Online tuning of real-world plants is a complex optimisation problem that continues to require manual intervention by experienced human operators. Autonomous tuning is a rapidly expanding field of research, where learning-based methods, such as Reinforcement Learning-trained Optimisation (RLO) and Bayesian optimisation (BO), hold great promise for achieving outstanding plant performance and reducing tuning times. Which algorithm to choose in different scenarios, however, remains an open question. Here we present a comparative study using a routine task in a real particle accelerator as an example, showing that RLO generally outperforms BO, but is not always the best choice. Based on the study's results, we provide a clear set of criteria to guide the choice of algorithm for a given tuning task. These can ease the adoption of learning-based autonomous tuning solutions to the operation of complex real-world plants, ultimately improving the availability and pushing the limits of operability of these facilities, thereby enabling scientific and engineering advancements.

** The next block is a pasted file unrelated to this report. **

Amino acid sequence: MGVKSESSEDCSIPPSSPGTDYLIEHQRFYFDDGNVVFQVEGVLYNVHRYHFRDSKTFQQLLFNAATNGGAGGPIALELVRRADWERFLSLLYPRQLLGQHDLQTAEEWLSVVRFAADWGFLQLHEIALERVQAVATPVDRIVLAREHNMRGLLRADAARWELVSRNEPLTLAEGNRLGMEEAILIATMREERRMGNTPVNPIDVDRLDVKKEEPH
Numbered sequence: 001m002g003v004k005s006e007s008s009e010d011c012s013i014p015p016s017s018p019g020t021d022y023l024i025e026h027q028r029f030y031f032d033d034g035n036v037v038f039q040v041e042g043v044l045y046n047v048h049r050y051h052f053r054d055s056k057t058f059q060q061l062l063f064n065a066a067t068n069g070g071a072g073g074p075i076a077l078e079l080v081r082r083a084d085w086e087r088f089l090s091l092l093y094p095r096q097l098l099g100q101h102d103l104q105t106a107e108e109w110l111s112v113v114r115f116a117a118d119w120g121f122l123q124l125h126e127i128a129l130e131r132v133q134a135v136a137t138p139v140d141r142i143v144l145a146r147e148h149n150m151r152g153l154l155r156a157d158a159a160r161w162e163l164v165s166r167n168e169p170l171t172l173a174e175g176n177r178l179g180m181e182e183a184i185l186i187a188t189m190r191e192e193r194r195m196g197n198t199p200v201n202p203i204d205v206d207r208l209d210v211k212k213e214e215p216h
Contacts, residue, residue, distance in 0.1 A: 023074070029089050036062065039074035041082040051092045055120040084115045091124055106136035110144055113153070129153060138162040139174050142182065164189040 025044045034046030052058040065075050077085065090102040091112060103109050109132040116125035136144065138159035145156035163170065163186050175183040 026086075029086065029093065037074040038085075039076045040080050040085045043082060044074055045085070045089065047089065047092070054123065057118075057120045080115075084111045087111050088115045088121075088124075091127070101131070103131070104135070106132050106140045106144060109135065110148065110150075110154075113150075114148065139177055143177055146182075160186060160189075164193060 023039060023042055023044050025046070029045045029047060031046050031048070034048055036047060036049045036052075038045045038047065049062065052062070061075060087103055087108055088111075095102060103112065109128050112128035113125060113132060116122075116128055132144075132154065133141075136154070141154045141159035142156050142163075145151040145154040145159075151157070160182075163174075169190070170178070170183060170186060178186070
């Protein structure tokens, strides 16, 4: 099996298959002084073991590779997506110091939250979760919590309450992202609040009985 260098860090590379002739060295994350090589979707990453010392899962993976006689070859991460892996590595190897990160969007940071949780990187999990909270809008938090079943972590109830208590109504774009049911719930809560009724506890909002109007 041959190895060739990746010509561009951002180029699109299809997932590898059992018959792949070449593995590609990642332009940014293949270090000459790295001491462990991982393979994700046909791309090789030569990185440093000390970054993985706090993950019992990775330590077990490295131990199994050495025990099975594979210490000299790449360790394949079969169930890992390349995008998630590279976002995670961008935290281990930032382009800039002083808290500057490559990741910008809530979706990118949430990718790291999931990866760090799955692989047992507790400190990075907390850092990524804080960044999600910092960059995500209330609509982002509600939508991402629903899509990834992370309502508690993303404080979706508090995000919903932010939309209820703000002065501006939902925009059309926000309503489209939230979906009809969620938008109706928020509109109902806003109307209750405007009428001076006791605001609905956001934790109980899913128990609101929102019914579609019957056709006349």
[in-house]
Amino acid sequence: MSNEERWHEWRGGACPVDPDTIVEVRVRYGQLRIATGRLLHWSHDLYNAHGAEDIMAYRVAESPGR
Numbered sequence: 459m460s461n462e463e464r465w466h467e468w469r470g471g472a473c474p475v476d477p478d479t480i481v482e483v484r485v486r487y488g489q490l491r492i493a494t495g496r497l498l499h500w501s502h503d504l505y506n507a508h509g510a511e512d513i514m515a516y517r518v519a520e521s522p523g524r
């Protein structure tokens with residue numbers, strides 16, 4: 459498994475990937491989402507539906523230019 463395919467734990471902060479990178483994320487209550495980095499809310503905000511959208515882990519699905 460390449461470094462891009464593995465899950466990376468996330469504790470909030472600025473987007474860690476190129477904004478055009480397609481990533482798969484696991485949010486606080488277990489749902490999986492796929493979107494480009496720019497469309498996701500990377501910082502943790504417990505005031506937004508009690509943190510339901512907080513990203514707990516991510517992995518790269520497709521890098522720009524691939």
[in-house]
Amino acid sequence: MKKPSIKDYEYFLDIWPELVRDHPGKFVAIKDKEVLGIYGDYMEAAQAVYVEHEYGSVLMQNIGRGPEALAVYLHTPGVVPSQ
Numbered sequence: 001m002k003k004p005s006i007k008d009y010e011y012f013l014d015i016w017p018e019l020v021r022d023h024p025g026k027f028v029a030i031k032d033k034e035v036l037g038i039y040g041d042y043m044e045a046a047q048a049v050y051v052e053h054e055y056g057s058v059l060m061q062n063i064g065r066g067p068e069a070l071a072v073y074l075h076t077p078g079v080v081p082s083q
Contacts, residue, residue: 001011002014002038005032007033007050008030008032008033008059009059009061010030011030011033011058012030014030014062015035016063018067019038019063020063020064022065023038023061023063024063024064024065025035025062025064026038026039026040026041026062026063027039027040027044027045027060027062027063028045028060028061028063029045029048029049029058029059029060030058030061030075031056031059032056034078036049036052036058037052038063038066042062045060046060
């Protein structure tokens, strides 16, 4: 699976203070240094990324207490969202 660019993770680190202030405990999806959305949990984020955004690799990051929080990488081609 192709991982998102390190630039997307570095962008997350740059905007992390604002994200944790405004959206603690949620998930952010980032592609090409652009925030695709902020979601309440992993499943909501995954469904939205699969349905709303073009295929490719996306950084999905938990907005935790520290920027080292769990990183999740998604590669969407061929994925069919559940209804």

Jan Kaiser et al., Learning to Do or Learning While Doing: Reinforcement Learning and Bayesian Optimisation for Online Continuous Tuning, arXiv